Restaurant Review: Alternatives to tapas in Madrid

Judging by a recent visit to Madrid, tapas are still the current sex in Spain’s culinary world. It’s understandable, of course, – drifting from bar to bar sampling tasty morsels is fun, sociable, still in vogue and something that should be done with a few friends in tow. Yes, tapas are one of the undisputed highlights of any trip to Spain, running the gamut from affordably rustic to Michelin-starred, bite-size pieces that cost exorbitant sums.

But there comes a time – and please don’t mention this to your Spanish friends – when you crave something a little different. Perhaps some teriyaki, a bowl of pasta or even a foray into fusion? In this regard, Madrid has really cleaned up its act over the past 15 years;  immigration and the city’s growing popularity as a tourist destination has undoubtedly played a decisive part in challenging accepted culinary traditions, adding unprecedented variety to Madrid’s gastronomic scene. Today most of the world’s best flavours are up for grabs, and while Madrid is no London, visitors tired of tapas will find plenty of excitement in the choices below:


Somos Garra, Barceló Torre Madrid, 2nd floor, Plaza de España 18

 If this restaurant were up for sale, Somos Garra would pull in a fortune on the location alone – situated inside the prestigious Barceló Hotel in Madrid, Somo Garra boasts incredible views of the mythical Gran Via  in Madrid, with striking décor from renowned designer Jaime Hayon. But Somos Garra does not rely on looks alone; head chef Juan Rioja’s cooking shows real flair and imagination, offering contemporary Spanish dishes with fusion overtones –  Neck of lamb with Pistachios and apricots was utterly divine. This delicious fayre is complemented by gracious service and a extensive wine list with plenty of good value options by the glass. This one deserves to be around in years to come.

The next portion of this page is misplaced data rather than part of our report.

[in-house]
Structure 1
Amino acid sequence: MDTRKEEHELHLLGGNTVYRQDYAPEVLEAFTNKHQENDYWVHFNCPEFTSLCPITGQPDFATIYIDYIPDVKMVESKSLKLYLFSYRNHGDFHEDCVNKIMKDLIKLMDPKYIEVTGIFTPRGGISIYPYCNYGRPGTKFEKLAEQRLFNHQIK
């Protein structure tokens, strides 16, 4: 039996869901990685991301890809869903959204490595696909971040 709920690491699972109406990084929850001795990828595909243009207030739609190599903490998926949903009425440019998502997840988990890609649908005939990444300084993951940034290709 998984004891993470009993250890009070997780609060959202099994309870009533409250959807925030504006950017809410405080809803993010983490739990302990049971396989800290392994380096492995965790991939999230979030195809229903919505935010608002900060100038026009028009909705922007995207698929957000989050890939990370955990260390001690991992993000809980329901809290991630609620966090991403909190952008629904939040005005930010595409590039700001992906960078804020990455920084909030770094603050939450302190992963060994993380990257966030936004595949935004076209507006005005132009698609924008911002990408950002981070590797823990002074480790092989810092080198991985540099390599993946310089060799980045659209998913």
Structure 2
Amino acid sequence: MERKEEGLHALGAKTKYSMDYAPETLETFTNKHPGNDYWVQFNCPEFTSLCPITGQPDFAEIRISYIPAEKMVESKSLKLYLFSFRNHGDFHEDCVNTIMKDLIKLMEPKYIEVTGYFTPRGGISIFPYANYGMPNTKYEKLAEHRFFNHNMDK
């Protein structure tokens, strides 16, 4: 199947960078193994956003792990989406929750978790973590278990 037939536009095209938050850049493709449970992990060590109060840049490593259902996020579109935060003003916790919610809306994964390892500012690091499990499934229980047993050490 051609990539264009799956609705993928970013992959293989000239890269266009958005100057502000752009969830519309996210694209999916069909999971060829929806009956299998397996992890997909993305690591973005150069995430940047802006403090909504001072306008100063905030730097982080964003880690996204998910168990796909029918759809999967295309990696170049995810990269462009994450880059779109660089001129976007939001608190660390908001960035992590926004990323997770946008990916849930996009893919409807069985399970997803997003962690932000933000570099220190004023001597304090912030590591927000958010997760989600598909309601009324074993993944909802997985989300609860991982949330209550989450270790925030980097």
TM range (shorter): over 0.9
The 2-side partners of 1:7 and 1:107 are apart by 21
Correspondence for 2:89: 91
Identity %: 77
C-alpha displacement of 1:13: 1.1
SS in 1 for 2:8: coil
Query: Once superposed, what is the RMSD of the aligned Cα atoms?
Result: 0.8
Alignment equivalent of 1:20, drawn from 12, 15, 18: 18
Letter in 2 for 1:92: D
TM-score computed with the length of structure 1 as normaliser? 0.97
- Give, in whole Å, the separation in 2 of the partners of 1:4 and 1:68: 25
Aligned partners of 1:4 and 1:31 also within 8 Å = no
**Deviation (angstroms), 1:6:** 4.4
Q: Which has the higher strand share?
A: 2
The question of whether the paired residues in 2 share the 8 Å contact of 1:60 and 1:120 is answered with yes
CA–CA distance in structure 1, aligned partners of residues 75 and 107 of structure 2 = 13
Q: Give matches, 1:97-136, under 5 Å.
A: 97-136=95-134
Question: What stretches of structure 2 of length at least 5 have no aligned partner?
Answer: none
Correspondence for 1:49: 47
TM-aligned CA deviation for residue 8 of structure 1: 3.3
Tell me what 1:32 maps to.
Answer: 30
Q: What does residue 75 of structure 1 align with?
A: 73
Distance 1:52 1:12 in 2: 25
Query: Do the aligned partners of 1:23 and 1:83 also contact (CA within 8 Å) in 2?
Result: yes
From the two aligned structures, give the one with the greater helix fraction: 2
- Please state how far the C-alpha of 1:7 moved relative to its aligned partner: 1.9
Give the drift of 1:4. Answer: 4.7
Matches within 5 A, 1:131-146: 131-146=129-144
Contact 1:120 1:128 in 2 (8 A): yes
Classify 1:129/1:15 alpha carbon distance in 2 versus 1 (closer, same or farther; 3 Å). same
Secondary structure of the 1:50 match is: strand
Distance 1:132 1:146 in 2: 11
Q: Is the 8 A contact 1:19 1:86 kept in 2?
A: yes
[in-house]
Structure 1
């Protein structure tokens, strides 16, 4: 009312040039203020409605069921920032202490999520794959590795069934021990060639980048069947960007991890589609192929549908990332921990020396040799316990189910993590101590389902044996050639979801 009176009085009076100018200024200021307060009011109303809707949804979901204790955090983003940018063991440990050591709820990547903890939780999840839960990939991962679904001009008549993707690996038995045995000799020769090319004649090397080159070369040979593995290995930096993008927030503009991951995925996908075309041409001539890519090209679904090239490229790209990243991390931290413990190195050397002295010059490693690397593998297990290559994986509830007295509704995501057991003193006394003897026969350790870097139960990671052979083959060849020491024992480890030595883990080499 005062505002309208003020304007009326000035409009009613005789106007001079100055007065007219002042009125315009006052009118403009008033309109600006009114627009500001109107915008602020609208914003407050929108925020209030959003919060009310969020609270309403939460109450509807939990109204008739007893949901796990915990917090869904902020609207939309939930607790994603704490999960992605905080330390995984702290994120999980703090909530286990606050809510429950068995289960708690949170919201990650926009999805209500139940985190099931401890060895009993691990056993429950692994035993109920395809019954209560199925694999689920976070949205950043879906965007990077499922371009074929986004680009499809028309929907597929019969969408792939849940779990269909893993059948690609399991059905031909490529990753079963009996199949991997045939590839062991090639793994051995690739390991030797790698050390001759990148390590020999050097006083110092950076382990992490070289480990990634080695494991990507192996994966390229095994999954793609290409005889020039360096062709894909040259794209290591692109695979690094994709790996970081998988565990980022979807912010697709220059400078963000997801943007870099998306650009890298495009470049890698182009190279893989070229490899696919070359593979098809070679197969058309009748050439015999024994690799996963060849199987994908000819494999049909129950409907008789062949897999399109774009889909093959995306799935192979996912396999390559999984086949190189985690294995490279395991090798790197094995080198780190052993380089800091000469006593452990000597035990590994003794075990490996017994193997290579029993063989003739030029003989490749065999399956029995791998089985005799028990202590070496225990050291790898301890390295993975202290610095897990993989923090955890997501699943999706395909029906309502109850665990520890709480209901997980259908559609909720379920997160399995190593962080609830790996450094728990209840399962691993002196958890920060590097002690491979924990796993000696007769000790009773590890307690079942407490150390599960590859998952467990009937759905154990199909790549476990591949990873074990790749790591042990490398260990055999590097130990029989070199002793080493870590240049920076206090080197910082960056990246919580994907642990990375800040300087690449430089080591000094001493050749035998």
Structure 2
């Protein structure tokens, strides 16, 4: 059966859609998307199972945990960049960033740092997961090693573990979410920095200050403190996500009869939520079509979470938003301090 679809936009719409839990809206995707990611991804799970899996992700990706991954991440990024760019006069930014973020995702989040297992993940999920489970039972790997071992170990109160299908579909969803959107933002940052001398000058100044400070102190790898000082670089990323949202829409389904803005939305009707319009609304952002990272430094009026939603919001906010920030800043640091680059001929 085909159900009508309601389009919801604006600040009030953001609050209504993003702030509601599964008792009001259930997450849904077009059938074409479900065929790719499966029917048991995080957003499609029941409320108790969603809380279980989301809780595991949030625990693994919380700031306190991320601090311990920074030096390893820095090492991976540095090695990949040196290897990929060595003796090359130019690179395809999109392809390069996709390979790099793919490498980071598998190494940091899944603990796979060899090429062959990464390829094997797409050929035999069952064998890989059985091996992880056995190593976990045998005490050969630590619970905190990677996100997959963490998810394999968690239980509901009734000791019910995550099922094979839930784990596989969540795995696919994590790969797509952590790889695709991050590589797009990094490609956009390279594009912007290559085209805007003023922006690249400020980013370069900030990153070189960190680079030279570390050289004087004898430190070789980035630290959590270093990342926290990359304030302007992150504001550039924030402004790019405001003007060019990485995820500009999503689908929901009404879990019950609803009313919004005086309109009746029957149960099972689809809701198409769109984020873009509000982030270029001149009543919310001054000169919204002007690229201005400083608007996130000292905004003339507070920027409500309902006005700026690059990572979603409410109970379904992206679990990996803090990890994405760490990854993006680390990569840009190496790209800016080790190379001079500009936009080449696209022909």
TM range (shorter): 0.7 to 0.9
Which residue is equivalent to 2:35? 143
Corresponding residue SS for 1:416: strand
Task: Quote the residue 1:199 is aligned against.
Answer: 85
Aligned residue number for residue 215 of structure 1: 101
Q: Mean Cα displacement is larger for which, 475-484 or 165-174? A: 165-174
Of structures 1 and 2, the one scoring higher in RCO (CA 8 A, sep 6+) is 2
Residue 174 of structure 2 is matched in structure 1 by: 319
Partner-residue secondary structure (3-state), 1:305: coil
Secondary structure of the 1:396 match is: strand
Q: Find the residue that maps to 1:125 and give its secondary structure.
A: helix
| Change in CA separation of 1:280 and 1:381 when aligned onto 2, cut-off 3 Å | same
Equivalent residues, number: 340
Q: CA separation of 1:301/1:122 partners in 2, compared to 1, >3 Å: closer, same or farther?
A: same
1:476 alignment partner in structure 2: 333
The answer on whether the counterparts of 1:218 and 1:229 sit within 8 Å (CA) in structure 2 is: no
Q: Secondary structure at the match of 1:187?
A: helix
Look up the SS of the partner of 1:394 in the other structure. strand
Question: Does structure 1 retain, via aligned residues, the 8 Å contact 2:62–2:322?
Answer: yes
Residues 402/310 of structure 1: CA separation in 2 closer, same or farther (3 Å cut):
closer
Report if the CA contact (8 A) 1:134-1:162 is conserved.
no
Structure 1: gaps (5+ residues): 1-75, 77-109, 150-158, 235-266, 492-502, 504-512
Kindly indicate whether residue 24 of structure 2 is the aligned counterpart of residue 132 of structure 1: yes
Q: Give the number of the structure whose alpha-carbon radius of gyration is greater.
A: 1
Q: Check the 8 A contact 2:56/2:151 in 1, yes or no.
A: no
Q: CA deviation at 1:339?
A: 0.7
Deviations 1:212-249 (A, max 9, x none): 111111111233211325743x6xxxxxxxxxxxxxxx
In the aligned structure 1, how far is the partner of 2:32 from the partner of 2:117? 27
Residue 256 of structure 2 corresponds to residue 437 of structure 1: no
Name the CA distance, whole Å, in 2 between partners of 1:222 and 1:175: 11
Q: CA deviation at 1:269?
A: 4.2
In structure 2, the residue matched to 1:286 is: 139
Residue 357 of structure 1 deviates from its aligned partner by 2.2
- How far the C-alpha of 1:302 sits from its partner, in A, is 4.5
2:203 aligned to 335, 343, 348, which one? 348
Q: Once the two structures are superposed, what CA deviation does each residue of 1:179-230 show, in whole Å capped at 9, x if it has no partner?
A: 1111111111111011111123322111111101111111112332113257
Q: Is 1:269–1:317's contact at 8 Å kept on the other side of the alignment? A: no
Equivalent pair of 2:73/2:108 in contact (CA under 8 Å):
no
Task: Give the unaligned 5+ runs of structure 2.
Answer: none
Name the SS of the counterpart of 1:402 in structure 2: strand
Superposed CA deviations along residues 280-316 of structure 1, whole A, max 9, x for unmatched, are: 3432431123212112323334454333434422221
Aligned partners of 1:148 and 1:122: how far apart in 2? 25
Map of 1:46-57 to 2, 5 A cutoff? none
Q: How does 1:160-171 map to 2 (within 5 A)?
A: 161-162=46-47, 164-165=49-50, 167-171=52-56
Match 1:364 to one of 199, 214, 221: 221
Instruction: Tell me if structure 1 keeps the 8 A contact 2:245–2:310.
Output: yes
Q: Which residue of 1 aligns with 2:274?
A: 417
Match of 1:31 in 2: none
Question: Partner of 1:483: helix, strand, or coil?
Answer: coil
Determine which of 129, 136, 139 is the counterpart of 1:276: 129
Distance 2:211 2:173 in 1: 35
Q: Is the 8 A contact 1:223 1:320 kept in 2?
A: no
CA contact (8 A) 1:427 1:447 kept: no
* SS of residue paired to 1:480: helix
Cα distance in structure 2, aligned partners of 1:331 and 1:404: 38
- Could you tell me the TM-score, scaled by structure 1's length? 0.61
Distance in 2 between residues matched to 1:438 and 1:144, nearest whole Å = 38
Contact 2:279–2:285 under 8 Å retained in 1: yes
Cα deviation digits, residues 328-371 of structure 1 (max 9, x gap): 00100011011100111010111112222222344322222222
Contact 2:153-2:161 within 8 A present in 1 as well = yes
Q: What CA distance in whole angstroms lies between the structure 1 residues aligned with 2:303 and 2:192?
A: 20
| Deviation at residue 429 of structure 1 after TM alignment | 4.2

Miyama, Paseo de la Castellana 45

Eternally popular with Japanese visitors, Miyama is THE place in Madrid to dine when you’re appetite for sushi becomes insatiable. Yet after more than a decade in the business, Miyama is facing stiffer competition, but still comes out on top thanks to its  skilled and experienced sushiman, not to mention fantastic raw materials. Service, wine list and location are all unbeatable.


Trattoria Malatesta, Calle Coloreros, 5

The antithesis of ‘posh,’ Trattoria Malatesta nevertheless serves the best pizza and pasta I’ve tried in Spain. This is a proper ‘old school’ restaurant with no concessions made to modern, tricksy interpretations of Italian dishes. Linguine with lemon sauce, sirloin steak serviced with capers, exquisite pizza are just some of the highlights in store. Indeed, dining at Malatesta is more like eating with friends than eating out, the family warmly welcomes both newcomers and regulars – everyone is really looked after. A wonderful slice of Italian hospitality transported to Madrid.


Restaurante Benares, Calle de Zurbano, 5

Overseen by Michelin-starred chef Atul Kochar, Benares was one of the first restaurants in London to reinvent Indian food as something refined, sophisticated and glamourous. And now this magic has been transported to Madrid, offering discerning Madrileños and visitors a slice of high-end Indian gastronomy. Indeed, Kochar’s cooking merges the best elements of European culinary tradition with his Indian heritage to create such masterpieces as: Arawak black pepper and fennel wood pigeon, served with vanilla beetroot and chutney; crushed coriander and chilli spiced guinea fowl, and baked organic salmon, paired with Scottish crab croquette, spiced vermicelli and a coconut and curry leaf sauce. It’s food fit for a Maharaja.


James Lawrence @Jameswinelover